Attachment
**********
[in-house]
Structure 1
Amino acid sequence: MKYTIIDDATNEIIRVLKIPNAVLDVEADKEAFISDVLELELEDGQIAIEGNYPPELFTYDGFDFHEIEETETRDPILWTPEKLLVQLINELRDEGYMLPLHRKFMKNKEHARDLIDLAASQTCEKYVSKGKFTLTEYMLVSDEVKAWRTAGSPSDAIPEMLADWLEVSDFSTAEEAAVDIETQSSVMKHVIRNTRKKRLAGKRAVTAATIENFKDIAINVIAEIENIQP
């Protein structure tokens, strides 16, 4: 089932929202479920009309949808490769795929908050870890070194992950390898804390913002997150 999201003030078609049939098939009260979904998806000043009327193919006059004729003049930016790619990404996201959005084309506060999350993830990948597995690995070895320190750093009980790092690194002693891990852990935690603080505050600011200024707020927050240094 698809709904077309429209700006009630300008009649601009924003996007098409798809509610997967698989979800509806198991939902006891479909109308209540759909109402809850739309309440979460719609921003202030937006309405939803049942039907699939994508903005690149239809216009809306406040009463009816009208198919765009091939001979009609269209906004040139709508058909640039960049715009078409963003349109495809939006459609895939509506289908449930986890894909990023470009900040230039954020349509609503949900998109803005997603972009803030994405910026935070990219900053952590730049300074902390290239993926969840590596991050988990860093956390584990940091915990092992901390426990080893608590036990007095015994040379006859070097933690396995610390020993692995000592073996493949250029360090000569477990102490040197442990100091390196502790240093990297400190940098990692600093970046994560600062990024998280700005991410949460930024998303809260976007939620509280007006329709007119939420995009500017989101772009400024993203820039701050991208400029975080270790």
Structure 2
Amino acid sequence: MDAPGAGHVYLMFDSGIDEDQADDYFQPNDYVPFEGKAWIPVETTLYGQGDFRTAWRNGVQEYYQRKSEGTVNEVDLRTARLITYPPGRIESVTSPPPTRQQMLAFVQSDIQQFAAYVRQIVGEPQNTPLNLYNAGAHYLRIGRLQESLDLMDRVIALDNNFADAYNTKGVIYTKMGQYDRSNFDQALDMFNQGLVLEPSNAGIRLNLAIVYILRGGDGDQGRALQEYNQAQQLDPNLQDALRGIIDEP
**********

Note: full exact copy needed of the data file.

[in-house]
Structure 1
Amino acid sequence: MKYTIIDDATNEIIRVLKIPNAVLDVEADKEAFISDVLELELEDGQIAIEGNYPPELFTYDGFDFHEIEETETRDPILWTPEKLLVQLINELRDEGYMLPLHRKFMKNKEHARDLIDLAASQTCEKYVSKGKFTLTEYMLVSDEVKAWRTAGSPSDAIPEMLADWLEVSDFSTAEEAAVDIETQSSVMKHVIRNTRKKRLAGKRAVTAATIENFKDIAINVIAEIENIQP
């Protein structure tokens, strides 16, 4: 089932929202479920009309949808490769795929908050870890070194992950390898804390913002997150 999201003030078609049939098939009260979904998806000043009327193919006059004729003049930016790619990404996201959005084309506060999350993830990948597995690995070895320190750093009980790092690194002693891990852990935690603080505050600011200024707020927050240094 698809709904077309429209700006009630300008009649601009924003996007098409798809509610997967698989979800509806198991939902006891479909109308209540759909109402809850739309309440979460719609921003202030937006309405939803049942039907699939994508903005690149239809216009809306406040009463009816009208198919765009091939001979009609269209906004040139709508058909640039960049715009078409963003349109495809939006459609895939509506289908449930986890894909990023470009900040230039954020349509609503949900998109803005997603972009803030994405910026935070990219900053952590730049300074902390290239993926969840590596991050988990860093956390584990940091915990092992901390426990080893608590036990007095015994040379006859070097933690396995610390020993692995000592073996493949250029360090000569477990102490040197442990100091390196502790240093990297400190940098990692600093970046994560600062990024998280700005991410949460930024998303809260976007939620509280007006329709007119939420995009500017989101772009400024993203820039701050991208400029975080270790």
Structure 2
Amino acid sequence: MDAPGAGHVYLMFDSGIDEDQADDYFQPNDYVPFEGKAWIPVETTLYGQGDFRTAWRNGVQEYYQRKSEGTVNEVDLRTARLITYPPGRIESVTSPPPTRQQMLAFVQSDIQQFAAYVRQIVGEPQNTPLNLYNAGAHYLRIGRLQESLDLMDRVIALDNNFADAYNTKGVIYTKMGQYDRSNFDQALDMFNQGLVLEPSNAGIRLNLAIVYILRGGDGDQGRALQEYNQAQQLDPNLQDALRGIIDEP